On Friday afternoon February 21, 2014, Room 410 at John Muir Elementary School, was abuzz with Mr. Stoddard’s third grade class. They were in the CommunityGrows Science Center learning about the world underneath a microscope. At the beginning of the class, Adrian Almquist, assisted by Naomi Tong and Angelica Tillman, both BEETS interns, set out the instructions and hands-on use of the microscopes. Each student got a microscope and a box of slides.
The youth explored a plant louse, fruit fly, shrimp egg, and silk worm larva, among others. They began by viewing the slides with 4x magnification and increase their views to 10 times. Then they drew pictures of what they saw and answered some questions about each organism. They also wrote down their observation about what they were seeing. They were able to count the legs of the louse, and identify the head, thorax and abdomen of the fruit fly, and see the shape of the shrimp eggs.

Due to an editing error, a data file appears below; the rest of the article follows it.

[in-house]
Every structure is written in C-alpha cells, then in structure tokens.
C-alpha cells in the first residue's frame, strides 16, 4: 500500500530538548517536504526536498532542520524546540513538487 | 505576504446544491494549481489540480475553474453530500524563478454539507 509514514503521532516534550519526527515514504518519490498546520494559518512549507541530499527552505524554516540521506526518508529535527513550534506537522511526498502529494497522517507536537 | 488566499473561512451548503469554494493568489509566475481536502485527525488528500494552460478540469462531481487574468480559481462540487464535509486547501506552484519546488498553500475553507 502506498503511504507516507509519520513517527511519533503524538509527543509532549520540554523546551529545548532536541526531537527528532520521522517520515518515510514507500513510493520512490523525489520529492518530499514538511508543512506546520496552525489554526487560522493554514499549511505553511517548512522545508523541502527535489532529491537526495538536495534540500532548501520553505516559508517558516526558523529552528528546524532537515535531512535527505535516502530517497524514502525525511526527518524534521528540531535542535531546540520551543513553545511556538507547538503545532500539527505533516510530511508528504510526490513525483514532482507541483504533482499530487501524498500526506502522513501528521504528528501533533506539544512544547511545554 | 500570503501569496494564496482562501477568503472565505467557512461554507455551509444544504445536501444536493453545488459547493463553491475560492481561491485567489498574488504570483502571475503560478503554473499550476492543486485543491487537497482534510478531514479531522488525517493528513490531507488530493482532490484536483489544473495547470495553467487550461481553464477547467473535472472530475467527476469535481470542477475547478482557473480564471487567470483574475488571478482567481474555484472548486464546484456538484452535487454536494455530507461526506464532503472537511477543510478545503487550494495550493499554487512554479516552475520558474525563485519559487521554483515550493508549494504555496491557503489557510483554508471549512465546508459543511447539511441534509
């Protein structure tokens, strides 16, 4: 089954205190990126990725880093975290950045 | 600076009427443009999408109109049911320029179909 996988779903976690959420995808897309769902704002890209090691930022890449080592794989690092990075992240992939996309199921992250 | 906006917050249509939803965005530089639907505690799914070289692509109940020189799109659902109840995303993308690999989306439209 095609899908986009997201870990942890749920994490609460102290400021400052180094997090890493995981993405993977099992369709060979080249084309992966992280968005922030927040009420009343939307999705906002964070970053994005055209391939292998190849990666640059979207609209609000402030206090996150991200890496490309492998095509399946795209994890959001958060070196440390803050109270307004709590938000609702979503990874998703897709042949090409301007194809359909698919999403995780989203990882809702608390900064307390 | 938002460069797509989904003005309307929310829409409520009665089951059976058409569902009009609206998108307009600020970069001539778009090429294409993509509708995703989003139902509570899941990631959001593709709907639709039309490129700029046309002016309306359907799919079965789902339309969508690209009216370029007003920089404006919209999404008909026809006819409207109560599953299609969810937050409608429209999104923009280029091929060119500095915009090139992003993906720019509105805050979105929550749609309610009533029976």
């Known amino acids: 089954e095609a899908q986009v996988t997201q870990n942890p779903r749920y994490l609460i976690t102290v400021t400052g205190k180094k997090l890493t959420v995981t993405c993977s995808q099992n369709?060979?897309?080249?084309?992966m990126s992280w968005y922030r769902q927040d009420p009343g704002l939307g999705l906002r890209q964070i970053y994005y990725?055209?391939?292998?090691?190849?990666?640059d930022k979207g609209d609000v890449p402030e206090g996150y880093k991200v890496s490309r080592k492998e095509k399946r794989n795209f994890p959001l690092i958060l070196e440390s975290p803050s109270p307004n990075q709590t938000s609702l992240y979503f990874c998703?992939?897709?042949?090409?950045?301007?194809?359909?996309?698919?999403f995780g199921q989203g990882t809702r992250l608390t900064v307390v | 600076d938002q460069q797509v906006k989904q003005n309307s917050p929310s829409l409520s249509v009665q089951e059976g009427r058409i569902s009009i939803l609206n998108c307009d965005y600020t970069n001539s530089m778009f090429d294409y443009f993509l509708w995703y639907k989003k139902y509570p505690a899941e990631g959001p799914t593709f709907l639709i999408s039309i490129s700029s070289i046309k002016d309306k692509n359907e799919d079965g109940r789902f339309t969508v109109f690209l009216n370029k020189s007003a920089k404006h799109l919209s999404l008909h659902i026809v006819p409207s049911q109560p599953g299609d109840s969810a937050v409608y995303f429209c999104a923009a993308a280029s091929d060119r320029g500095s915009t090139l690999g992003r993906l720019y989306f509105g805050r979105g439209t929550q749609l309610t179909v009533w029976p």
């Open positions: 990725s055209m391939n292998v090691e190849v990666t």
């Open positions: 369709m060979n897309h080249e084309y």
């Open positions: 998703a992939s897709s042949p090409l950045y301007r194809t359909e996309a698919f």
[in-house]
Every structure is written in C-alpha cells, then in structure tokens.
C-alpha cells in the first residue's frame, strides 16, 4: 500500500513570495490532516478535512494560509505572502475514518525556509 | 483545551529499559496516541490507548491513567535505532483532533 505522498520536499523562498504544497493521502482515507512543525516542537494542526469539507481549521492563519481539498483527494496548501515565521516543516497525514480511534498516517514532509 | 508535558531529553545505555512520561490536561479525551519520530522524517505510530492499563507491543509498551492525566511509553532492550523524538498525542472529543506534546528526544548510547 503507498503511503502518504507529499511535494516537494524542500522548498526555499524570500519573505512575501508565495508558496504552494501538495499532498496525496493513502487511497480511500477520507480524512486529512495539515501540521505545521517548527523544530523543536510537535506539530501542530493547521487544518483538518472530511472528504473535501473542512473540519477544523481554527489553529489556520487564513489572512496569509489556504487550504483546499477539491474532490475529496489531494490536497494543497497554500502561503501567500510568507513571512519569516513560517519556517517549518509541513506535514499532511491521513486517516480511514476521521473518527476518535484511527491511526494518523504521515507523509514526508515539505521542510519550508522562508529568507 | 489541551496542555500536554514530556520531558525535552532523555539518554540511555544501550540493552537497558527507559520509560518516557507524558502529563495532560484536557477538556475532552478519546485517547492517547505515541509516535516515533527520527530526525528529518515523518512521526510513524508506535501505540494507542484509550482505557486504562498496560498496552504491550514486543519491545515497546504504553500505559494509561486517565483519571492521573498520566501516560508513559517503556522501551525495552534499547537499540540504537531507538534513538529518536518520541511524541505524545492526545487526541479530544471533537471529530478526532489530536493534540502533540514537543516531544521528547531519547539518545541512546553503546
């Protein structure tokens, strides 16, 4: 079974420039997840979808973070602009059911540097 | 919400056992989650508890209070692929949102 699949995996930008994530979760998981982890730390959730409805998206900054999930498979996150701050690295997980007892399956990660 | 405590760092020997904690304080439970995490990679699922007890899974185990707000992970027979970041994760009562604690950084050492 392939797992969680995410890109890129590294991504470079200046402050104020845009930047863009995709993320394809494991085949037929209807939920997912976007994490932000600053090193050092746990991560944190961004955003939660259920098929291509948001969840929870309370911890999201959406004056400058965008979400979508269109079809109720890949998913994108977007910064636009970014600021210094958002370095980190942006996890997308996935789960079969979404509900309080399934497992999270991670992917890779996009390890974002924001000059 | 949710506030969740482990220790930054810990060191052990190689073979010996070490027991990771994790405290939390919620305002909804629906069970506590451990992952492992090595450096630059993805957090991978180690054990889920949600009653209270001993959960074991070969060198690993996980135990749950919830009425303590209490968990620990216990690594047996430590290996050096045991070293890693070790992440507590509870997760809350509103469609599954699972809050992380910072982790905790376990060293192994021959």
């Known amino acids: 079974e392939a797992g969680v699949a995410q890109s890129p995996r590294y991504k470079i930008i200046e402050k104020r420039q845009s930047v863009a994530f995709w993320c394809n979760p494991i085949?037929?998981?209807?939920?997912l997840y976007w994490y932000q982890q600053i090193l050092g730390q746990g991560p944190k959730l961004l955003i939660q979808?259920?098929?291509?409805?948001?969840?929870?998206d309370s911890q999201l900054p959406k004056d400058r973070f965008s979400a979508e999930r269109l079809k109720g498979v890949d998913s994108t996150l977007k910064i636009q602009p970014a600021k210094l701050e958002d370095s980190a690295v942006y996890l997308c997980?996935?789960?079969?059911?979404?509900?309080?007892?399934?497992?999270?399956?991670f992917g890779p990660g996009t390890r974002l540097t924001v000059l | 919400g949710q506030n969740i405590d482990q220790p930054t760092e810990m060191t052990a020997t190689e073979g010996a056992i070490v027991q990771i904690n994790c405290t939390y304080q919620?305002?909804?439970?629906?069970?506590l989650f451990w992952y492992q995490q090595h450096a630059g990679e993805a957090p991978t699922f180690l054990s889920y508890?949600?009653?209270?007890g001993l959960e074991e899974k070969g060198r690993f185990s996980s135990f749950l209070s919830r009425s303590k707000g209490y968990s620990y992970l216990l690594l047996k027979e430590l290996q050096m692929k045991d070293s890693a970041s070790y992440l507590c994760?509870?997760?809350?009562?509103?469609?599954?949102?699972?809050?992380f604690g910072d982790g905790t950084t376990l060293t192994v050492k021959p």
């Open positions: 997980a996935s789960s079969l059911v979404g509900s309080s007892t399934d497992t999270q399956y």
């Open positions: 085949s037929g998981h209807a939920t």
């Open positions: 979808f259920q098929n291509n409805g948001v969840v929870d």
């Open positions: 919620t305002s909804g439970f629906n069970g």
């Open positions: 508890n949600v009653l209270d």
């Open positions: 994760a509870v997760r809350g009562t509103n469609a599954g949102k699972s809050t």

Mr. Almquist also talked about the silk worm. The slides showed very tiny larva that would grow to a more recognizable caterpillar. The larva (caterpillar) eat mostly mulberry leaves. When it spins its cocoon, it creates silk. Did you know that it depends on humans to reproduce? Sericulture, the practice of breeding silkworms for the production of raw silk, has been underway for at least 5,000 years in China, from where it spread to Korea and Japan, and later to India and the West.
The hour-long class was not enough time for the students. They wanted to keep exploring this magic world under the microscope.